The number eight has missed Gloucester’s last four league games.
England international Zach Mercer has bought an oxygen chamber for his home as part of the recovery process from an ankle injury.
Mercer, who joined Gloucester from Montpellier earlier this year, has not played since late October, missing the Gallagher Premiership club’s last four games.
But the 26-year-old number eight is leaving no stone unturned, and he could be back in action sooner rather than later.
Oxygen chamber use can assist in helping damaged tissue heal, and Gloucester head coach George Skivington said: “Zach is doing everything he can. He has bought an oxygen chamber for his house.
“It is out of Zach’s own pocket and his own commitment to getting fit.
“He has definitely shown his level of commitment and professionalism over the last five weeks in how he is approaching his rehab.
“He is really motivated, he is a very smart rugby guy and he wants to be the best.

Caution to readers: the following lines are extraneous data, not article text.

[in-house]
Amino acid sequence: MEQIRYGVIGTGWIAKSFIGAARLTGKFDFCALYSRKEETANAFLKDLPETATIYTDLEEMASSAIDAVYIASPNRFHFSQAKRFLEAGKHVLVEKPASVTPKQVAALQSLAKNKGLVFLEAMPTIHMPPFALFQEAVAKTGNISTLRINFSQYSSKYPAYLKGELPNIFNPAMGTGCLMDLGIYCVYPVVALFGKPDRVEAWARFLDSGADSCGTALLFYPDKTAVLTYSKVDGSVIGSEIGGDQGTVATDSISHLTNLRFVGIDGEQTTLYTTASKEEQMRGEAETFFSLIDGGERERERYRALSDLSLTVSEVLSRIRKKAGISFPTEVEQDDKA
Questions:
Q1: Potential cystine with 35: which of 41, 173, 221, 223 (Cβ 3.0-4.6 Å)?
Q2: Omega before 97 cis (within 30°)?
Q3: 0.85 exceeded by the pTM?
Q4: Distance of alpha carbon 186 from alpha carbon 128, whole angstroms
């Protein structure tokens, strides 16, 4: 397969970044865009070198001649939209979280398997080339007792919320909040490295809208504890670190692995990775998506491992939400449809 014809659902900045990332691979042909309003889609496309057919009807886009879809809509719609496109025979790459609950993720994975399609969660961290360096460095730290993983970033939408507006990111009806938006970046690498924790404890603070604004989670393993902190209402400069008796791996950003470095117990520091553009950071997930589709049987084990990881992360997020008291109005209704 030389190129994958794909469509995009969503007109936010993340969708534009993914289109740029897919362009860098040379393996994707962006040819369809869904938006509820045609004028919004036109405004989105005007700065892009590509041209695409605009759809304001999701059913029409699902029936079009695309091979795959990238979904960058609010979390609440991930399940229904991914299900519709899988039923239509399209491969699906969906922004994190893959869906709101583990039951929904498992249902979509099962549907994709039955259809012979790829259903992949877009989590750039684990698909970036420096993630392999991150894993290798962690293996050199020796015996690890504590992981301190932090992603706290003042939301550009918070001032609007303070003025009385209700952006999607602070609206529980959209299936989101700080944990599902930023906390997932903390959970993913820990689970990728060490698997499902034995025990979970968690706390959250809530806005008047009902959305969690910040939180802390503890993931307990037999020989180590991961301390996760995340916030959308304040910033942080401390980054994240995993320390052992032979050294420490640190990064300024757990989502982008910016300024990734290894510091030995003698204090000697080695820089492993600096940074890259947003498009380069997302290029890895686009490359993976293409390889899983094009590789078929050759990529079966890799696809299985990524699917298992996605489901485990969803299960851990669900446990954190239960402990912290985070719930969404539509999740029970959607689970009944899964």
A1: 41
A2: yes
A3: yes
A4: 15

“It has not surprised me, but it is still nice to see when someone you have invested in has that level of commitment and is that hungry to get back.”
Mercer, flanker Ruan Ackermann and fly-half Adam Hastings are among the Gloucester players currently sidelined.
But Skivington says there are “positive shoots” in terms of them returning to action as Gloucester target overturning poor Premiership results.
They have lost their last five league games, dropping to ninth in the Premiership after an encouraging start produced victories over Harlequins and Newcastle.
They face west country rivals Bristol at Ashton Gate on Saturday, and Skivington added: “I would take a win however it came. It is not the start we wanted to the season.
“I think the frustration for us as a group is that every game we have done some things really well and we have just dropped off in other areas. At the back end of games we have had some poor moments.
“We are not making any excuses, we don’t come in and try to dance around it. We are very honest as a group.
“I understand my job is to take the brunt of it, and I always will. I would never hide away from anything.
“I just stay focused, keep motivating the boys, keep trying to push the team on and I am confident it will come together.
“We’ve had lots of bumps and good times as a group over the last couple of years, so we are a pretty tight unit, and in these hard times that really shines through.
“No-one puts more pressure on me than me. You live and breathe the job. The pressure doesn’t really change because it is always there, and if you don’t want that on you then don’t be a director of rugby.”